Things have changed dramatically in South Africa over the past couple of decades. Ivor Ichikowitz discovered just how much a few years ago when his son asked him for help with a school project. “He said to me: ‘Dad, we’re learning about apartheid at school; can you explain it to me’. My first reaction was anger. Not at him but because I suddenly realised that here was a generation that didn’t get what I got. We call them the ‘born frees’ — kids who grew up after apartheid ended.”
Forty-five-year-old Ichikowitz, who has made a fortune primarily manufacturing and selling military equipment, feels that young South Africans, and particularly young Jewish South Africans, need “a wake-up call”. He says that the Jews historically had an intimate relationship with the anti-apartheid movement but that history is in danger of being forgotten. “We are the biggest kibitzers in the world. We are amazing at distancing ourselves from the issues and shouting the odds from the sidelines. We have no right to disown the new South Africa because we were part of making it what it is today.”
So when Ichikowitz, who grew up as a student in the anti-apartheid movement and maintains close relationships with Nelson Mandela, President Jacob Zuma and other senior figures in the ruling African National Congress, was approached by the South African Board of Deputies to help produce a pamphlet about the Jewish contribution to the anti-apartheid cause, he decided to get involved. “I said let’s employ proper researchers. Let’s see what photographic evidence there is, because I wanted stories that will hold up to scrutiny. So I put a team behind it. If you put enough money into something you can speed up the process.”
The result is Jewish Memories of Mandela, a lavishly illustrated coffee-table book which documents the story of the Jewish contribution to the freedom struggle, including the likes of Joe Slovo, Ruth First, Mandela’s lawyer
Sidney Kentridge and freedom fighter Albie Sachs.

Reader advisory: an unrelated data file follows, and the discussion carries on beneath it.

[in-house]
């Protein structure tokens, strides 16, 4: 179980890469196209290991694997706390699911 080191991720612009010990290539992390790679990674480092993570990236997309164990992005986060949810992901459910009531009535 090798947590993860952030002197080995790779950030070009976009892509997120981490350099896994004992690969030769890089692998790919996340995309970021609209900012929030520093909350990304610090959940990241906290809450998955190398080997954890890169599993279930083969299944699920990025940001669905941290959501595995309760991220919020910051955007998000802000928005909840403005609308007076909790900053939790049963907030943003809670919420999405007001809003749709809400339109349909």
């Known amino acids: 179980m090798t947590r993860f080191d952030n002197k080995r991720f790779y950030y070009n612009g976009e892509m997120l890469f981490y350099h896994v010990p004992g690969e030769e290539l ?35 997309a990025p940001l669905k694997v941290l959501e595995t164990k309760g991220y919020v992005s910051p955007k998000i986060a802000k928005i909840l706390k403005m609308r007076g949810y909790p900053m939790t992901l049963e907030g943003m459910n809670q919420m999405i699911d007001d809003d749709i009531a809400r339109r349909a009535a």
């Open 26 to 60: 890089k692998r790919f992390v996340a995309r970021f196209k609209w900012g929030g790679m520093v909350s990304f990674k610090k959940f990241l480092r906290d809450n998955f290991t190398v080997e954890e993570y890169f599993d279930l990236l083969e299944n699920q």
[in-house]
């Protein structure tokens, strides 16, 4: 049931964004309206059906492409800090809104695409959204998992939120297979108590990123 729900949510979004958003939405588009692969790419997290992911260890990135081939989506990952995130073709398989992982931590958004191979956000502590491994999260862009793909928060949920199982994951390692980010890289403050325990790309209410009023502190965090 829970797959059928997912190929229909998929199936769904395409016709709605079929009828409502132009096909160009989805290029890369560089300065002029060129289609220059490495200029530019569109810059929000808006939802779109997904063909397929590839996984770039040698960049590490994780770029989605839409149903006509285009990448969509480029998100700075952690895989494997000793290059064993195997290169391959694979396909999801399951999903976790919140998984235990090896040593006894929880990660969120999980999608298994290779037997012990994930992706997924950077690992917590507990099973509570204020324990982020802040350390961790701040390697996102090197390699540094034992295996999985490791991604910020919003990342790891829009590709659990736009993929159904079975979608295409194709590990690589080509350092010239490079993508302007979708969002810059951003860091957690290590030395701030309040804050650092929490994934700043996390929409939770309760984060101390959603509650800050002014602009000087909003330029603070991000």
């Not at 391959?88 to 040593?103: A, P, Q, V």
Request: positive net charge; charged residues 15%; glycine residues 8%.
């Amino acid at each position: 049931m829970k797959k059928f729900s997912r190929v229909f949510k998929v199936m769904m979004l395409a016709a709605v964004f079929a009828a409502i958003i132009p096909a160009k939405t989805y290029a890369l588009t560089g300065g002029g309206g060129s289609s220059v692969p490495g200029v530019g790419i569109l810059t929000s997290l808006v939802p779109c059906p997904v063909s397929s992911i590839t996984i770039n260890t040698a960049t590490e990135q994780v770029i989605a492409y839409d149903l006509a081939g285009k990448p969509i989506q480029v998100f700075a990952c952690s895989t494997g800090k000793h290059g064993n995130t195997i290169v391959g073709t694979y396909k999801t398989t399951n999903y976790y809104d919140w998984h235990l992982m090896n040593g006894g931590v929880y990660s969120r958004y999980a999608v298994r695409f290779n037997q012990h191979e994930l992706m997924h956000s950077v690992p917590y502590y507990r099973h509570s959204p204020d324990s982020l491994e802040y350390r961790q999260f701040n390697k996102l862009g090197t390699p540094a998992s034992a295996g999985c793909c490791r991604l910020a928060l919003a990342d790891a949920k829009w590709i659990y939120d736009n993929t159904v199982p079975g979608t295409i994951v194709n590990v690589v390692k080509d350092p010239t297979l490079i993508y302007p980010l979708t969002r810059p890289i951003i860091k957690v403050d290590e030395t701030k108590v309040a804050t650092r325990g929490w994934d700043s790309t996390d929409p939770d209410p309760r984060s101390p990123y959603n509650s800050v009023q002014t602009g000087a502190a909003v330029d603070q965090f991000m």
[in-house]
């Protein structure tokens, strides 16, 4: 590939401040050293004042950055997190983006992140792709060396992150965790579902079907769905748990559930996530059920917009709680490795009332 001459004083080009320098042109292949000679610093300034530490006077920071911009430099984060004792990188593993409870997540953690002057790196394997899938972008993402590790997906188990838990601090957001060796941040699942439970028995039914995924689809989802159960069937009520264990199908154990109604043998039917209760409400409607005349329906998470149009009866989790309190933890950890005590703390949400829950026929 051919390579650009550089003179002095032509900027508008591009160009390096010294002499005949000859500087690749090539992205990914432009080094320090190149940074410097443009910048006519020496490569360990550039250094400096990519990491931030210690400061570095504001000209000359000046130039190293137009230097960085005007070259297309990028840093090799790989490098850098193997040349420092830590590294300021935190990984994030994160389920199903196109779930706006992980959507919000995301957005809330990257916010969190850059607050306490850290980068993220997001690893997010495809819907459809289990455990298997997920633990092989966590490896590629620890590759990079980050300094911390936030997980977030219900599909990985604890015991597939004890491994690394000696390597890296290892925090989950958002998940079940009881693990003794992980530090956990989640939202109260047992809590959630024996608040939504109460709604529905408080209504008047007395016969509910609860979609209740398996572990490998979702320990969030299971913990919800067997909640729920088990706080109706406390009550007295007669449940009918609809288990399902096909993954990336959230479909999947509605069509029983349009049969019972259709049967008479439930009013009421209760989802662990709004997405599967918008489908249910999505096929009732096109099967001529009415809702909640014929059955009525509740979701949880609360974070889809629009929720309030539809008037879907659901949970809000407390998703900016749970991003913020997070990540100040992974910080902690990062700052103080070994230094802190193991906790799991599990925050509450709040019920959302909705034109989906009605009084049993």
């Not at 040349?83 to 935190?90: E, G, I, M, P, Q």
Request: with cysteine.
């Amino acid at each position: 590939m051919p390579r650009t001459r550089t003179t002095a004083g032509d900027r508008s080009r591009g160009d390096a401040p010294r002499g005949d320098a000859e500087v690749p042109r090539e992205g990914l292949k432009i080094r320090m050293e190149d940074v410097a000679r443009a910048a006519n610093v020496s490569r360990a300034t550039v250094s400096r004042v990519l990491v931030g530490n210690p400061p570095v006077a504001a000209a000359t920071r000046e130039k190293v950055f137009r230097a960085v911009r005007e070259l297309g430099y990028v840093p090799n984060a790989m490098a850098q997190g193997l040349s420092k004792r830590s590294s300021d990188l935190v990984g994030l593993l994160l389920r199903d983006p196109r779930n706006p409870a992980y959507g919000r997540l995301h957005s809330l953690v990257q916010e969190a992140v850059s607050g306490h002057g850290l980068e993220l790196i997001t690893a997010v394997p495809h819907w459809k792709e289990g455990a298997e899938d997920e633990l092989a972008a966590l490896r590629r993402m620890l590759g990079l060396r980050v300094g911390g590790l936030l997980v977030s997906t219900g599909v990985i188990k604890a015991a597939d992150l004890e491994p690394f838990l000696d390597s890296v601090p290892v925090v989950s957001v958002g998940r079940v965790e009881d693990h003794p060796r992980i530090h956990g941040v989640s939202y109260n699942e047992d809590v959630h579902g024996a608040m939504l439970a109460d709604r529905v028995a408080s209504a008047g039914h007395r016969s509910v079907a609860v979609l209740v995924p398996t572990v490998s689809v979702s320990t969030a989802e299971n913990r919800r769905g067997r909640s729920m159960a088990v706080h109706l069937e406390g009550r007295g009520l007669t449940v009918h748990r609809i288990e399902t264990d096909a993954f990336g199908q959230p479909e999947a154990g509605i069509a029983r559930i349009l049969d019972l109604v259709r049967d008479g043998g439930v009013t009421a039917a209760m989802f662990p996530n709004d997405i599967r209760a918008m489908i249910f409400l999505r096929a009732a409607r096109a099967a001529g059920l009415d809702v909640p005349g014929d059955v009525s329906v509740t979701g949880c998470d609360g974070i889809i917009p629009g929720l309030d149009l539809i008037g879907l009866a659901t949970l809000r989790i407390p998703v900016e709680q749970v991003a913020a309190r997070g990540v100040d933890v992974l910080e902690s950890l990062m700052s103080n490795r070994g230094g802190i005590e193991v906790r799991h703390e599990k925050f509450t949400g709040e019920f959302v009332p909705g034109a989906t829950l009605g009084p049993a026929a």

Ichikowitz, a loud, engaging man with a profitable habit of making friends with heads of state in the African continent and beyond, became involved in the struggle by accident. He was raised in a liberal family in the small town of Springs, around 70 kilometres from Johannesburg. He says: “I knew about apartheid but I didn’t really internalise it until I pitched up at university to study drama. The day I arrived a guy by the name of Ivan Izikowitz was arrested under the state of emergency legislation. He was a law student. I never met the guy, but suddenly the whole community of Springs was up in arms because they thought I’d been arrested.
Suddenly I was a hero by default and a whole world opened up to me that I didn’t know existed. It was a world I identified with. I got involved with protest theatre. I discovered that all aspects of African culture fascinated me.”
Through his involvement with the liberation movement, Ichikowitz ended up travelling extensively at the age of 22. “I had a letter from the ANC and I was running around fund-raising. So I went to Kenya and met the president. I also went to Ghana and Tanzania and fell madly in love with the continent. There is an energy to Africa which is very difficult to explain to people who don’t get it. I realised that the African continent had huge potential.”